Difference Between SSDI and SSI
Social Security Disability Insurance and Supplemental Security Income provide benefits for seniors and those living with disabilities. These are the two most common federal programs commissioned by the Social Security Administration.
The two programs are easily confused because of their similar initials and overlapping interests. Some people receive both Social Security and SSI benefits. The significant difference between the two is that SSI determination is based on your age, disability, and limited income and resources, versus SSDI determination based on disability and work credits.
Read below about the key distinctions and who is eligible for each program.
Social Security Disability Insurance (SSDI) provides for individuals that are disabled but have a qualifying work history or qualify through a family member. SSDI started in 1956 when Social Security’s rules changed to allow benefit payments to disabled workers.
Workers and their employers cover the program’s cost through payroll taxes, and the Social Security’s Disability Insurance Trust Fund pays out the benefits. In 2021, the estimated average monthly SSDI benefit is $1,277.
There are no income or resource limits on SSDI as long as you have enough work credits. SSDI members automatically qualify for Medicare 24 months after their benefits begin. Other income will not affect your SSDI benefits, and neither will where you live nor with whom you live.
Social Security could pay additional benefits to the spouses and children of disabled workers. Adults, who have been disabled since childhood, may qualify for SSDI on a parent’s record even when they have never worked.
Supplemental Security Income (SSI) provides minimal financial assistance to adults and persons with disabilities with minimal income and resources. General taxpayers provide SSI benefit funds, and state and federal guidelines dictate the amounts given.
SSI provides benefits for those that are age 65 or older. SSI also supports disabled and blind individuals of any age. In 2021, the income limit is $794 a month for an individual and $1,191 a month for a couple filing for SSI jointly. That’s also the maximum federal SSI benefit payment.
The resource limit is $2,000 for an individual and $3,000 for a couple. Not all income and assets count because Social Security exempts the value of your home and about half of your earnings from work, among other things.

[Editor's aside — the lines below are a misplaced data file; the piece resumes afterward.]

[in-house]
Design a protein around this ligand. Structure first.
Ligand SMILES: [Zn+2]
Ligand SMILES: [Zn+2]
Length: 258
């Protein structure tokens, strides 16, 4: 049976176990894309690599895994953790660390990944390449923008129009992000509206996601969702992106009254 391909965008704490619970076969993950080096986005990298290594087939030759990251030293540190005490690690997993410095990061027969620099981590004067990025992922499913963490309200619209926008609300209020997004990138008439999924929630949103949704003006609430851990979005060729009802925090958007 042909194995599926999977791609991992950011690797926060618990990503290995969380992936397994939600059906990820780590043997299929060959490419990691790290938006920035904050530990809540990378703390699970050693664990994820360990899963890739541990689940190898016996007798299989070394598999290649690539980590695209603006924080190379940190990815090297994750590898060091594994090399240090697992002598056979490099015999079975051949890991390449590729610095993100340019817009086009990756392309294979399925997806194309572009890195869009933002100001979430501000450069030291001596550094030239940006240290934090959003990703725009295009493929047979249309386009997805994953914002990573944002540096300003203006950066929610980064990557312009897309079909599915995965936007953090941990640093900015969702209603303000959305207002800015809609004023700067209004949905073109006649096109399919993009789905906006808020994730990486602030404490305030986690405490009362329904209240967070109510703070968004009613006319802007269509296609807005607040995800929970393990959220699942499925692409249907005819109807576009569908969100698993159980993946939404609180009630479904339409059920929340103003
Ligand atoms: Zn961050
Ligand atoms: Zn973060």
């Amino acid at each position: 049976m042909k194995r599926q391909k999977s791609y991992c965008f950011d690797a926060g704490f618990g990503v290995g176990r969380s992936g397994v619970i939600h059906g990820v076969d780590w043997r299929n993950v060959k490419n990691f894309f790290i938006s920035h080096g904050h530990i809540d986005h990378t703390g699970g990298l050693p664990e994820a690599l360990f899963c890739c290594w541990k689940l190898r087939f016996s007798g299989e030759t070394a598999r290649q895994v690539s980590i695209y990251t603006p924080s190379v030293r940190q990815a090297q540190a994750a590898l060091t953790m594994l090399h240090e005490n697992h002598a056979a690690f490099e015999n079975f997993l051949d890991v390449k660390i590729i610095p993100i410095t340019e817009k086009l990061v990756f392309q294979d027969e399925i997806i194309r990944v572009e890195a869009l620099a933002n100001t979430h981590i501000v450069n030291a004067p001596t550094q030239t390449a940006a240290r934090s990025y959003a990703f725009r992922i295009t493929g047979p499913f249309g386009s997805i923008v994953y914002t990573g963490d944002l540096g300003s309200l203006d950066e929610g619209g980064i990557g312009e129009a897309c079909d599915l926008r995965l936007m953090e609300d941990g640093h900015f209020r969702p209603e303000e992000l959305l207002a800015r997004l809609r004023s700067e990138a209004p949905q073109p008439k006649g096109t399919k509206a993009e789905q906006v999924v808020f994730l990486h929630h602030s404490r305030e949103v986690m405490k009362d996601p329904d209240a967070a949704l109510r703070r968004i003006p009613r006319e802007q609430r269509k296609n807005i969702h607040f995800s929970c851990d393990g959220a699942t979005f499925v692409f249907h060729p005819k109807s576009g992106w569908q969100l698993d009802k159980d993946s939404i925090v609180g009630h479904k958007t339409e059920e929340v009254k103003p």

SSI benefits will vary depending on where you live, who lives with you, and how much money you’re making. That’s why you must report any changes to your income while on SSI. SSI income requirements state that you must have less than $2,000 in assets (or $3,000 for a couple) and a minimal income.
Individuals in most states that receive SSI benefits automatically qualify for Medicaid. Those who are eligible for SSI will also qualify for food stamps, and the amount you will receive is dependent on where you live and the amount of regular, monthly earnings you have.
SSI and SSDI Similarities
The Social Security Administration typically uses the same medical criteria to determine if a disability entitles an adult to SSDI or SSI relief. Qualifying beneficiaries are permitted to collect both benefits. The Social Security Administration asks for a substantial amount of medical evidence to support disability claims.
Usually, you’ll apply online for SSDI and in some cases for SSI, but the process included an in-person or phone interview with a Social Security representative. However, due to COVID-19 restrictions, most local Social Security offices are closed to walk-in visits, but many Social Security services are available online or by phone.
Getting a decision generally takes three to five months, according to Social Security officials. Still, the time can vary depending on how long Social Security needs to get medical records and other relevant evidence. Military veterans and people with particular severe medical issues may qualify for expedited processing.
Always keep in mind that the Social Security Administration has a considerable backlog of cases, and the majority of applications for disability benefits get denied. If your application gets rejected, you have the right to appeal this decision, but getting a hearing could take more than a year.
That’s why it’s imperative to get your filing right the first time. It is natural to have questions about the Social Security process. Give the attorneys at Pisegna And Zimmerman, LLC a call to get answers to your questions about Social Security disability and the SSI benefits claims process.
- Questions About Social Security Disability and SSI Benefits
- Back & Neck Injuries
- SSD Overview
- Benefits Eligibility
- Covid-19 & SSD benefits
- Qualifying for SST/SSD
- SSD Application Process
- SSD Denial and Reconsideration
- Social Security Appeals
- SSDI/SSI and Medicare
- Social Security Benefits for Elderly
- SSD/SSI for Children
- Long-term Disability